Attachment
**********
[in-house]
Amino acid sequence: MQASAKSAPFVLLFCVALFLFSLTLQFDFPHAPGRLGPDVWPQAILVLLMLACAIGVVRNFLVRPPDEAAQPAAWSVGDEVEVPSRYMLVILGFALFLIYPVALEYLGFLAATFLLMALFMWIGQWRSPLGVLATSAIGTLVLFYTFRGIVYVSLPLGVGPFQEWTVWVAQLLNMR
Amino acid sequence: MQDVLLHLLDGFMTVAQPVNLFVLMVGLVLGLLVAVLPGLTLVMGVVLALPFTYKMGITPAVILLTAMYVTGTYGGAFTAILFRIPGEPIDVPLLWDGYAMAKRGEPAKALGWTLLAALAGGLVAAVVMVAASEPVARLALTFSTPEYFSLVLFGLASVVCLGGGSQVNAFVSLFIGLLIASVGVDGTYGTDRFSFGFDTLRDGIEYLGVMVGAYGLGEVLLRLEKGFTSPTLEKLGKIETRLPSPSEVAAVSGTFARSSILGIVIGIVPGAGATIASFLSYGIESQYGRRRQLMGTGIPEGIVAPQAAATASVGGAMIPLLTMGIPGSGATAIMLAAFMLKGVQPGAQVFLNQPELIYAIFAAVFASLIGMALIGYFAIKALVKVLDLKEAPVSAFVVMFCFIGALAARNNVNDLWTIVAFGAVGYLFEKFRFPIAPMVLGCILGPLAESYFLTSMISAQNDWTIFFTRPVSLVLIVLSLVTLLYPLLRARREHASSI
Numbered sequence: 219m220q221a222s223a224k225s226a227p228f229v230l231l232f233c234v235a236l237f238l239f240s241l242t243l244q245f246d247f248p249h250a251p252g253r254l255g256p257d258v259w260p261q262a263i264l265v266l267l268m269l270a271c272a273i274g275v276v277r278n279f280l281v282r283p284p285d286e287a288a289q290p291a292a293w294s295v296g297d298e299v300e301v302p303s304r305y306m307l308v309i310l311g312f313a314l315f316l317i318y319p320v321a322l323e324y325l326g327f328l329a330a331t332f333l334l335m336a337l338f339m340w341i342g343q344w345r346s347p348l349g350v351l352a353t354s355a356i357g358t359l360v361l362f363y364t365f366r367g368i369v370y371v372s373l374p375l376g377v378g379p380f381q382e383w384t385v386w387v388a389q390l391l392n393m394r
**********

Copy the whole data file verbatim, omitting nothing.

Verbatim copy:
[in-house]
Amino acid sequence: MQASAKSAPFVLLFCVALFLFSLTLQFDFPHAPGRLGPDVWPQAILVLLMLACAIGVVRNFLVRPPDEAAQPAAWSVGDEVEVPSRYMLVILGFALFLIYPVALEYLGFLAATFLLMALFMWIGQWRSPLGVLATSAIGTLVLFYTFRGIVYVSLPLGVGPFQEWTVWVAQLLNMR
Amino acid sequence: MQDVLLHLLDGFMTVAQPVNLFVLMVGLVLGLLVAVLPGLTLVMGVVLALPFTYKMGITPAVILLTAMYVTGTYGGAFTAILFRIPGEPIDVPLLWDGYAMAKRGEPAKALGWTLLAALAGGLVAAVVMVAASEPVARLALTFSTPEYFSLVLFGLASVVCLGGGSQVNAFVSLFIGLLIASVGVDGTYGTDRFSFGFDTLRDGIEYLGVMVGAYGLGEVLLRLEKGFTSPTLEKLGKIETRLPSPSEVAAVSGTFARSSILGIVIGIVPGAGATIASFLSYGIESQYGRRRQLMGTGIPEGIVAPQAAATASVGGAMIPLLTMGIPGSGATAIMLAAFMLKGVQPGAQVFLNQPELIYAIFAAVFASLIGMALIGYFAIKALVKVLDLKEAPVSAFVVMFCFIGALAARNNVNDLWTIVAFGAVGYLFEKFRFPIAPMVLGCILGPLAESYFLTSMISAQNDWTIFFTRPVSLVLIVLSLVTLLYPLLRARREHASSI
Numbered sequence: 219m220q221a222s223a224k225s226a227p228f229v230l231l232f233c234v235a236l237f238l239f240s241l242t243l244q245f246d247f248p249h250a251p252g253r254l255g256p257d258v259w260p261q262a263i264l265v266l267l268m269l270a271c272a273i274g275v276v277r278n279f280l281v282r283p284p285d286e287a288a289q290p291a292a293w294s295v296g297d298e299v300e301v302p303s304r305y306m307l308v309i310l311g312f313a314l315f316l317i318y319p320v321a322l323e324y325l326g327f328l329a330a331t332f333l334l335m336a337l338f339m340w341i342g343q344w345r346s347p348l349g350v351l352a353t354s355a356i357g358t359l360v361l362f363y364t365f366r367g368i369v370y371v372s373l374p375l376g377v378g379p380f381q382e383w384t385v386w387v388a389q390l391l392n393m394r